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My First Cruise, and Other stories

William Henry Giles Kingston

  Produced by Nick Hodson of London, England

  My First Cruise, and other stories, by W.H.G. Kingston.


  There are four stories here, but it is not clear whether they are all byKingston. The first one, which gives the book its name, certainly is,and possibly the third, "The Enchanted Gate".

  The first story is a sort of diary or blog written by a young midshipmanon his first voyage to sea, to his brother who was still at school.There are all the usual incidents, including swimming exercises.

  The other stories are well outside the Kingston style, but are certainlyamusing and worth reading. The book is quite short.

  ________________________________________________________________________MY FIRST CRUISE, AND OTHER STORIES, BY W.H.G. KINGSTON.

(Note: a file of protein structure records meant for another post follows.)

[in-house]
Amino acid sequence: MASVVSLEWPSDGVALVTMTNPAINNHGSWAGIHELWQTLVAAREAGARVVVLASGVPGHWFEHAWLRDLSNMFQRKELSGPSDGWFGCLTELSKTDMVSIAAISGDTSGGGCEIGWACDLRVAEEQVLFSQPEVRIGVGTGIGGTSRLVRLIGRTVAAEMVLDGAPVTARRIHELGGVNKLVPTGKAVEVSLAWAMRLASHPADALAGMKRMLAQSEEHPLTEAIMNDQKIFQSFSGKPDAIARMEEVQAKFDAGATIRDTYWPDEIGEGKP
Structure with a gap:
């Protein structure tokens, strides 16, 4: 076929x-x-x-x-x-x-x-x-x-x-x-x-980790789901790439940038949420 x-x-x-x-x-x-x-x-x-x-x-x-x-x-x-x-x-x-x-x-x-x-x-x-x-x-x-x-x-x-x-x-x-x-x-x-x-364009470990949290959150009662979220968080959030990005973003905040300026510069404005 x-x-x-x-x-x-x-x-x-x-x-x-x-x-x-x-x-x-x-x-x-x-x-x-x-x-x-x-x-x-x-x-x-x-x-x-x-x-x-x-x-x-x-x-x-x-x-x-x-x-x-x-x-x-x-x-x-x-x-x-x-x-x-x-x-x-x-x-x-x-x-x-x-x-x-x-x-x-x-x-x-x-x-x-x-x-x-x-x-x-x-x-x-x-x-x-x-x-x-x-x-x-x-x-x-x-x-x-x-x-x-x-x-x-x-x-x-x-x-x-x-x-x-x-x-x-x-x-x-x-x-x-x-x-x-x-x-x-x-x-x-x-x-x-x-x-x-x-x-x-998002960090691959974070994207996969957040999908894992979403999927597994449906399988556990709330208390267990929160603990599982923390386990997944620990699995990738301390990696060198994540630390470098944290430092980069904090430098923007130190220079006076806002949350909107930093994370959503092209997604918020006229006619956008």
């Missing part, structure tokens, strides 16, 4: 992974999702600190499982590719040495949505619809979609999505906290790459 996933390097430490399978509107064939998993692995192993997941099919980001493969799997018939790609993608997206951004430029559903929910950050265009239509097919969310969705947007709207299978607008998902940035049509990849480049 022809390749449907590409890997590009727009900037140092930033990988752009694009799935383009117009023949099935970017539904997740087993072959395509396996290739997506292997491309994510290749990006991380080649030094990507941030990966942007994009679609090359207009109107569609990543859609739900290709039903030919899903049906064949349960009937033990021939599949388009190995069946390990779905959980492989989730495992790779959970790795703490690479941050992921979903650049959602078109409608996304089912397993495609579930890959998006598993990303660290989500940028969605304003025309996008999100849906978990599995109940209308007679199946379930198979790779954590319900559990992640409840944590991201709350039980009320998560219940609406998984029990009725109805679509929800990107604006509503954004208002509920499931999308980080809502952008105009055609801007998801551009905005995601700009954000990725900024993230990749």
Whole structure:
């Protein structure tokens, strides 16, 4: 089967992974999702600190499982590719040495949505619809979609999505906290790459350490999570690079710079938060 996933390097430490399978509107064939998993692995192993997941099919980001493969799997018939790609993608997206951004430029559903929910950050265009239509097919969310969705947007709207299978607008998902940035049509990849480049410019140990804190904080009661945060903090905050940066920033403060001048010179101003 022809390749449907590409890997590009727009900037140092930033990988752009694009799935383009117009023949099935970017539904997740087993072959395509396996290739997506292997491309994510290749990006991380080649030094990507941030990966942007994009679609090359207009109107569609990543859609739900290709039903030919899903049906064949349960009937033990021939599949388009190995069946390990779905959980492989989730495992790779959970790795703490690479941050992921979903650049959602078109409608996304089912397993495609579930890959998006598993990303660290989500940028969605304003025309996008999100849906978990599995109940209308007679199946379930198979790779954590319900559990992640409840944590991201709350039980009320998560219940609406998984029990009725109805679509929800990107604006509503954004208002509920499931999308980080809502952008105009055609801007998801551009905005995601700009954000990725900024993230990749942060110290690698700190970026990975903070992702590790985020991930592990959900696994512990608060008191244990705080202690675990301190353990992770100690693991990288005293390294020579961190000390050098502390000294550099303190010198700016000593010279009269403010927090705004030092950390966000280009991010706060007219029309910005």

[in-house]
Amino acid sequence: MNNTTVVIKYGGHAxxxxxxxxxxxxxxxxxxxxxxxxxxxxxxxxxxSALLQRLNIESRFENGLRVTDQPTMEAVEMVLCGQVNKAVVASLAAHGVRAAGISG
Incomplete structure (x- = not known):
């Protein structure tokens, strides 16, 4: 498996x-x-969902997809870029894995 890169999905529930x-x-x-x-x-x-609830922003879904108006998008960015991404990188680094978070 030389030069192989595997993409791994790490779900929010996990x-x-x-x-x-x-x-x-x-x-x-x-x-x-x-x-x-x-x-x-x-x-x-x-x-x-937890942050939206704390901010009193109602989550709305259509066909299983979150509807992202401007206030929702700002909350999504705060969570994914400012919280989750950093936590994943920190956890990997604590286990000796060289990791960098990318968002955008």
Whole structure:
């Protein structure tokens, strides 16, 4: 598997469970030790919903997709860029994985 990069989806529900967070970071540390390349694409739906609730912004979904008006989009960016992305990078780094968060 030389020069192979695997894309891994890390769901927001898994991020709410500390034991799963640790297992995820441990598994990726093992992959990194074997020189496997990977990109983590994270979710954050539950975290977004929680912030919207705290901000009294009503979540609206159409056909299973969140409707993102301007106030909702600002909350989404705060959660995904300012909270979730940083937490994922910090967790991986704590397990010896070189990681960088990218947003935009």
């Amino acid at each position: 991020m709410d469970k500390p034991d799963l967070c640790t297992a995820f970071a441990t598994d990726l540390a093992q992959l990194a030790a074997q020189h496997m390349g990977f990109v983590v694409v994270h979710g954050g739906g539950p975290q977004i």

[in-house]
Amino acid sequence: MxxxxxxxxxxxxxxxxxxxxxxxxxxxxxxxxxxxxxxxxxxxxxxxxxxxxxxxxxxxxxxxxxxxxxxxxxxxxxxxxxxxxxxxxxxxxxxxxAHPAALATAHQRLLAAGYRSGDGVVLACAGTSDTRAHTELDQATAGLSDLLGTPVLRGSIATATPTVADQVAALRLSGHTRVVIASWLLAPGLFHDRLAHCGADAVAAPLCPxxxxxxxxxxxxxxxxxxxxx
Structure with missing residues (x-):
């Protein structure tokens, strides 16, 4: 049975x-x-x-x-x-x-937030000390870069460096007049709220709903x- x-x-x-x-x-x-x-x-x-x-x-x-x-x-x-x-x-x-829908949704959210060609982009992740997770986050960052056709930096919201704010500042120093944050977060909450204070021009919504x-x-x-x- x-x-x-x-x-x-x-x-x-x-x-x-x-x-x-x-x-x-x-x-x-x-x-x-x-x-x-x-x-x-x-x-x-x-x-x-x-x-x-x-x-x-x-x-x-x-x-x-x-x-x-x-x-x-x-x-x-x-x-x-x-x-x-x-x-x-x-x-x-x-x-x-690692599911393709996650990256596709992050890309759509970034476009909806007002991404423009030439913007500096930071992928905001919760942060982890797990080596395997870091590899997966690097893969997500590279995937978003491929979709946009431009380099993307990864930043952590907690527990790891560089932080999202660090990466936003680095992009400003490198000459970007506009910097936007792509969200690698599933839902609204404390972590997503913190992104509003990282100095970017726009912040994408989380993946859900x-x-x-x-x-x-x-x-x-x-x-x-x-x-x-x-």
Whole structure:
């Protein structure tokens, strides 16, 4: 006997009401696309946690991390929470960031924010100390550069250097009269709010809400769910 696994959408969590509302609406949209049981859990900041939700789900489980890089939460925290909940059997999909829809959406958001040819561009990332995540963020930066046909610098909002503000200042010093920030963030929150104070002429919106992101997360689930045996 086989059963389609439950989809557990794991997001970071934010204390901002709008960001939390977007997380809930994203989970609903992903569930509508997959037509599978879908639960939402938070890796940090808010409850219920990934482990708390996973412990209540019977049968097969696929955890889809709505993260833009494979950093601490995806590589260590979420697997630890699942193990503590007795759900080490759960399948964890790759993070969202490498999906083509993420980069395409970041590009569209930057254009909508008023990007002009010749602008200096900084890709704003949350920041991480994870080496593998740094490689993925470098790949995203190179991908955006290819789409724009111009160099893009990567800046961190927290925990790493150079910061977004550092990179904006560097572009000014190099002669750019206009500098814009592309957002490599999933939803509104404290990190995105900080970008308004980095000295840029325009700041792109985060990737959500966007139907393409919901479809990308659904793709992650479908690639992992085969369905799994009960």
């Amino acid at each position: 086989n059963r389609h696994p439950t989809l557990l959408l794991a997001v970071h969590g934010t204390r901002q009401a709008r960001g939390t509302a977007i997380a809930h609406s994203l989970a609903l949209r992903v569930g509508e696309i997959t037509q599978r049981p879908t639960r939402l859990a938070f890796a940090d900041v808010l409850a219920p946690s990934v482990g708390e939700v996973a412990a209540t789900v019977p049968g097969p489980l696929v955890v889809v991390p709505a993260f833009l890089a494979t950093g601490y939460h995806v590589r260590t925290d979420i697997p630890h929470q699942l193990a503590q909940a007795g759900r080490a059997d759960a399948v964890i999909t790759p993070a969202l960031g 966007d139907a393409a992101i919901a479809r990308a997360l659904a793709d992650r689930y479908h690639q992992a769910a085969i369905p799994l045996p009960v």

It has become a reality, dear Harry. I feel very strange--a curioussensation in the throat, just as if I was going to cry, and yet it isexactly what I have been longing for. You know better than any one howI had set my heart on going to sea, and yet I thought that I shouldnever manage it. But, after all, here I am, really and truly amidshipman; at least a volunteer of the first class, as we are callednow. The first time I put on my uniform, with my gold-band cap anddirk, I could not help every now and then looking at the gold lace on mycollar and the buttons with the anchor and crown, and very pretty andnice they looked; and I do believe that this half-reconciled poor mamma,and Fanny, and Mary, and dear little Emily to my going when they saw mewith them on. I'll tell you how it all happened. Uncle Tom came tostay with us. He had been at the Hall a week when, the very day beforeI was to go back to school, while we were all at breakfast, he got along official-looking letter. No sooner had he torn it open and glancedat its contents, than he jumped up and shook papa by the hand, thenkissed mamma, exclaiming, "They do acknowledge my services, and in ahandsome way too, and they have appointed me to the Juno intended forthe South American station; the very ship I should have chosen! I musthave Pringle with me. No nonsense, Mary. He wants to be a sailor, anda sailor he shall be. He's well fitted for it. I'll have no denial.It's settled--that's all right." (I had been telling him the day beforehow much I wanted to go to sea.) He carried his point, and set all thehousehold preparing my kit, and then posted off for London, and rattleddown to Portsmouth to hoist his flag. He is not a man to do things byhalves. In three days I followed him. The ship was nearly ready forsea. Most of the officers had joined. There was only one vacancy,which I got. Another captain had been appointed, who had beensuperseded, and he had selected most of the officers. Many of mymessmates are good fellows, but of others the less said about them thebetter, at least as far as I could judge from the way they behaved whenI first went into the berth. We carry thirty-six guns. There is themain deck, on which most of them are placed, and the upper deck, whichis open to the sky, and where all the ropes lead, and where some gunsare, and the lower deck, where we sleep in hammocks slung to the beams,and where our berth is; that is the place where we live--ourdrawing-room, and parlour, and study, and anything else you please.There is a table in the centre, and lockers all round, and if you wantto move about you have to get behind the other fellows' backs or overthe table. Under it are cases and hampers of all sorts, which thecaterer has not unpacked. He is an old mate, and keeps us all in order.His name is Gregson. I don't know whether I shall like him. He hasbeen a great many years a midshipman; for a mate is only a passedmidshipman who wants to be a lieutenant, but can't. He has nointerest--nobody to help him on--so there he is growling and grumblingfrom morning to night, declaring that he'll cut the service, and go andjoin the Russians, and make his country rue the day; but he doesn't, andI believe he wouldn't, if they would make him an admiral and a countoff-hand. My chief friend they call Dicky Snookes. His real name,though, is Algernon Godolphin Stafford, on which he rather prideshimself. This was found out, so it was voted that he should bere-christened, and not be allowed under dreadful pains and penalties toassume his proper appellation in the berth; so no one thinks of callinghim anything but Snookes. He is getting not to mind it, which I am gladof, as he does not seem a bad fellow, and is up to fun of all sorts.There is another fellow who is always called Lord Jones or My Lord,because he is as unlike what you would suppose a nobleman to be aspossible. Then there is Polly. His real name is Skeffington Scoulding,which was voted too long, so, as poor fellow he has lost an eye, he wasdubbed Polyphemus, which was soon turned into Polly. I haven't got anew name yet, so I hope to stick to my own. I have picked up a goodmany more bits of information during the three days I have been onboard, but I have not time to tell them now. I will though, don't fear.I hope to be put in a watch when we get to sea. I don't mean inside asilver case, to go on tick!--ha!--ha!--ha! but to keep watch under alieutenant, to see what the ship is about, and to keep her out ofscrapes. Good-bye, dear old fellow, I'll tell you more when I can.--Your affect brother, Pringle Rushforth.